Prohibition was one of America’s grand social experiments, and like many grand social experiments, there were many who opposed it. Certain cities never accepted Prohibition, among them Chicago and Baltimore. In 1920, the latter elected to Congress the perfect representative for their tastes: Republican John Philip Hill (1879-1941). Hill had as an attorney advised the American Express Company in 1914 that the Webb-Kenyon Act was constitutional as it was sufficiently respectful of state’s rights in providing Federal support for individual state decisions on alcohol regulation. This being said, he thought Prohibition went way too far. Hill became known in Congress as “the wettest wet” for his opposition to anything that furthered or could serve to further Prohibition. He was a major publicity hound in his cause as well. Correspondent Clinton W. Gilbert wrote of Hill, “He lives by headlines. If newspapers were abolished, he would curl up and die. I know he will read this with delight and paste it away in his scrapbook. That’s why I am writing it” (TIME). He regularly ridiculed Wayne A. Wheeler and his Anti-Saloon League to the delight of his constituents. Hill was also unafraid to take unpopular stances, two examples being his vote against the Sheppard-Towner Maternity Act in 1921, the popular support which had pushed many rock-ribbed conservatives into voting for, and against the Immigration Act of 1924 that established national origins quotas for immigration. His opposition to Prohibition would go beyond voting against measures furthering it, however.

Hill decided to provide a legal challenge to Prohibition in 1923. He saw the law as unfairly discriminating in favor of farmers given an allowance for them to grow “nonintoxicating” fruit beverages while people in the cities lacked the same allowance on their properties. Hill thus decided to grow grape vines and apple trees in his backyard and called it “Franklin Farms”. In 1924, he threw a party with 500 in attendance in which in his Baltimore basement they drank his cider. That year, Hill was indicted under the Volstead Act for the production of “intoxicating” liquors. Before his trial ended, however, traditionally Democratic Baltimore reelected him with over 60% of the vote. At the trial, numerous witnesses came forward stating that they hadn’t been intoxicated from drinking Hill’s wine and cider. He had also never sold any of his product, and he was acquitted. The result of the trial was a success for him and the foes of Prohibition. This verdict established that people could make wine and cider on their own property as long as they dubbed it a “farm” and that the definition of “intoxicating” liquors was dependent on opinion. There was even a poem written celebrating his acquittal,

“Twelve honest men and true the court did choose
To try Johnfillup for his jest with booze,
Twelve honest men heard learned doctors Say
A single drop of wine will make you gay,
Twelve honest men discussed for weary hours
The arrant nonsense of the Volstead powers.
Twelve honest men who knew the strength of thirst,
Gave their opinion and were then dispersed.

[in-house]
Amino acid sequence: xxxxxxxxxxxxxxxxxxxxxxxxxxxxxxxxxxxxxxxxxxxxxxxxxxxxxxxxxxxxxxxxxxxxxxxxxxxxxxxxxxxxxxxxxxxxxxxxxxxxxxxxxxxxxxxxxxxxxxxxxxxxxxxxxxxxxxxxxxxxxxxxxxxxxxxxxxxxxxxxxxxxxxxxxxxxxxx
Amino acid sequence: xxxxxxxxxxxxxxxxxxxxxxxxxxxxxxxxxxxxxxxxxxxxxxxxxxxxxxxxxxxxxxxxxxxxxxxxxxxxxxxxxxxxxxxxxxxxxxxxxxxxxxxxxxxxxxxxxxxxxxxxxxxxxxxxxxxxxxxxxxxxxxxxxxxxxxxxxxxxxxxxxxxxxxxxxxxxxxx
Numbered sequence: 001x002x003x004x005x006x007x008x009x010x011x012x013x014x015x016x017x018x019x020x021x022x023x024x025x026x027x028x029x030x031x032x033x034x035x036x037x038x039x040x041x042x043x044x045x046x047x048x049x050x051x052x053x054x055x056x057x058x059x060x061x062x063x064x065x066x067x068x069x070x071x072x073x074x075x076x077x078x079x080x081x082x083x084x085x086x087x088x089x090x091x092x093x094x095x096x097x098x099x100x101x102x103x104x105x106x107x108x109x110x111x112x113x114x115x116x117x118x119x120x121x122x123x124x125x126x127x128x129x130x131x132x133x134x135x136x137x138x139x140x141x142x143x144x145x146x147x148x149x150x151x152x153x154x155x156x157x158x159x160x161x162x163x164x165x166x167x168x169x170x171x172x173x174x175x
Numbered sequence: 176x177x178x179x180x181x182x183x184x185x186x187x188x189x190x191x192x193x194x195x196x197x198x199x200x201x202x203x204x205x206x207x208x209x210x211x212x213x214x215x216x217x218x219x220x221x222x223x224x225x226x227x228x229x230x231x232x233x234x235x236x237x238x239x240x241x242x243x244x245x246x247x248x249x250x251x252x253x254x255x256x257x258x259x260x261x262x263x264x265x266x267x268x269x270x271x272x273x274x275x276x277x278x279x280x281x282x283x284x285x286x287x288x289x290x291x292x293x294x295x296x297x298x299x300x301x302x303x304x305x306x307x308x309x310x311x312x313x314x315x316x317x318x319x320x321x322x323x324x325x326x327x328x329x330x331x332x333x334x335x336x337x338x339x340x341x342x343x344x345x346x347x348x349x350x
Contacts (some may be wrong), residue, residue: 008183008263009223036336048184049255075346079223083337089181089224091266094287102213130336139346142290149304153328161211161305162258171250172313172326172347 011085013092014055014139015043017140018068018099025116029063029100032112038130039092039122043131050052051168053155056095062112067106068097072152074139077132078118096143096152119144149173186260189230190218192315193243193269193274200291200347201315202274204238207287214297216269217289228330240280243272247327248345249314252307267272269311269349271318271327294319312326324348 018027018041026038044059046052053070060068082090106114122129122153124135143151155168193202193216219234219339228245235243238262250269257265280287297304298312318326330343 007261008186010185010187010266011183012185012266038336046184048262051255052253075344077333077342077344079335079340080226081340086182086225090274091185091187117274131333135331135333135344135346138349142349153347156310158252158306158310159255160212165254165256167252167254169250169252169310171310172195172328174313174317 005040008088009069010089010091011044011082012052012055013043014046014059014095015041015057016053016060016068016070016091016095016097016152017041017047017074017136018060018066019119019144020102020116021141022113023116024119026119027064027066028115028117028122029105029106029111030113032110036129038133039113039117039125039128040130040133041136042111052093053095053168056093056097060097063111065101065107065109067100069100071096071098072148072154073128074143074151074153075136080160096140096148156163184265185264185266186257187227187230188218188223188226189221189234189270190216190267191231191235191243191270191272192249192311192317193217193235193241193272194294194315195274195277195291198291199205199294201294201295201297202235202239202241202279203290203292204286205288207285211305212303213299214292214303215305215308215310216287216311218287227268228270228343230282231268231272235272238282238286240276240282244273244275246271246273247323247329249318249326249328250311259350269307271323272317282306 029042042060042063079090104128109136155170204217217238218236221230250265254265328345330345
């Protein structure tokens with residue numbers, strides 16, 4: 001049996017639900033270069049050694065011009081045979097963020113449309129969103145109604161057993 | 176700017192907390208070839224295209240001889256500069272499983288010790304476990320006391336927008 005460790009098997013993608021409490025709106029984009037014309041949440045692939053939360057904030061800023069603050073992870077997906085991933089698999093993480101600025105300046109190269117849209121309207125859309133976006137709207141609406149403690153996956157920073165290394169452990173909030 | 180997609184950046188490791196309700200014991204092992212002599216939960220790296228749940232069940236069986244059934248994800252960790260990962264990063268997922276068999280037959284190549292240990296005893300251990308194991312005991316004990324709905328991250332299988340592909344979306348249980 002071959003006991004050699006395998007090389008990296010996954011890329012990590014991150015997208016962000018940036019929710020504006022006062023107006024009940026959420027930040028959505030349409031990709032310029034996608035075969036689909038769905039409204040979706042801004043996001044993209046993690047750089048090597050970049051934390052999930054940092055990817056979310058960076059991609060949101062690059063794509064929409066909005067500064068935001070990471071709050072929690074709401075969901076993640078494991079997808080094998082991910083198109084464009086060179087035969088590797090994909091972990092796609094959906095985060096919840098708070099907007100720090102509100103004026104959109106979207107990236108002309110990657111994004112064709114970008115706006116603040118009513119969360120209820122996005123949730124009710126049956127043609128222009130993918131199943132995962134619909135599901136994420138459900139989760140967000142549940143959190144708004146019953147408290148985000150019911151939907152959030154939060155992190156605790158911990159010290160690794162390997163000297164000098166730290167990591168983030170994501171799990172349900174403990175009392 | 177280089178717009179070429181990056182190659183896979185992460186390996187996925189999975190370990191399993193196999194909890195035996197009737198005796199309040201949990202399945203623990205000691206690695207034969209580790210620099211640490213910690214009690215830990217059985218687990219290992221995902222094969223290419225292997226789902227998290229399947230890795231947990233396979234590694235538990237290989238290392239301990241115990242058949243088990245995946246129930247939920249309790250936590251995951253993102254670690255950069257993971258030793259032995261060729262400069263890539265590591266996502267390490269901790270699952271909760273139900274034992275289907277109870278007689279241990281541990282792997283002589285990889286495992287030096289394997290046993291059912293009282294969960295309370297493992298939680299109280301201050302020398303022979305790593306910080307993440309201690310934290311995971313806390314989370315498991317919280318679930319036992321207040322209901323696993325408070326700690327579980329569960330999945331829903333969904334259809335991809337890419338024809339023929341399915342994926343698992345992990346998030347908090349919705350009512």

They ruled a townsman, and a farmer too,
Were not intoxicated by home brew,
A simple wine, of merely ten per cent,
Was just and fair and was the law’s intent.
My flat is tiny, there’s no home brew space,
But if some friend will Send to me a case,
An ancient beaker to the brim I’ll fill
And drink the glory of Johnfillup Hill” (Lewis).

In 1925, Hill wrote an article condemning the Volstead Act, regarding it as a failure given its increasing number of busts of illegal distilleries and distilling apparatuses, implying that more were created as a consequence of Prohibition than there had been before. He also held that based on the verdict of his trial, the Volstead Act “…establishes a definition for “intoxicating liquors” which is artificial and untrue. It prohibits beer with one-half of one per cent, of alcohol, but permits cider and home-made wine with as much alcohol in them as the individual jury may consider non-intoxicating in fact” (Hill, 639). He proposed a substitute, which respected state’s rights to define what beverages were “intoxicating” and have the Federal government support whatever each state decided on the question.

In 1926, Hill ran for the Republican primary for the Senate, but lost to incumbent Ovington Weller, who would lose reelection to wet Democrat Millard Tydings. His political career would only slide down from there. In 1928, Hill lost a bid to return to Congress by less than a point. His 1930 bid went worse with the Great Depression, losing by eight points. Hill attempted one more time in 1936, losing by over 20 points. By this time his signature issue of Prohibition was resolved in his favor, and thus the motivation of Baltimoreans to vote for him was largely gone. He then moved to New York City to practice law. In 1937, Hill’s wife divorced him, asserting that he had left her in 1932. Hill died four years later on May 23, 1941. No Republican has represented Maryland’s 3rd district since he departed Congress in 1927, but his legend lives on.


Hill, J.P. (1925). A State’s Rights Remedy for Volsteadism. The North American Review, 221(827), 635-640.

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Lewis, W. (1961, June). The Battle of Franklin Farms: John Philip’s Jest With Booze. The Atlantic.

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Prohibition. U.S. House of Representatives.

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Prohibition: Not Guilty. (1924, November 24). Time Magazine.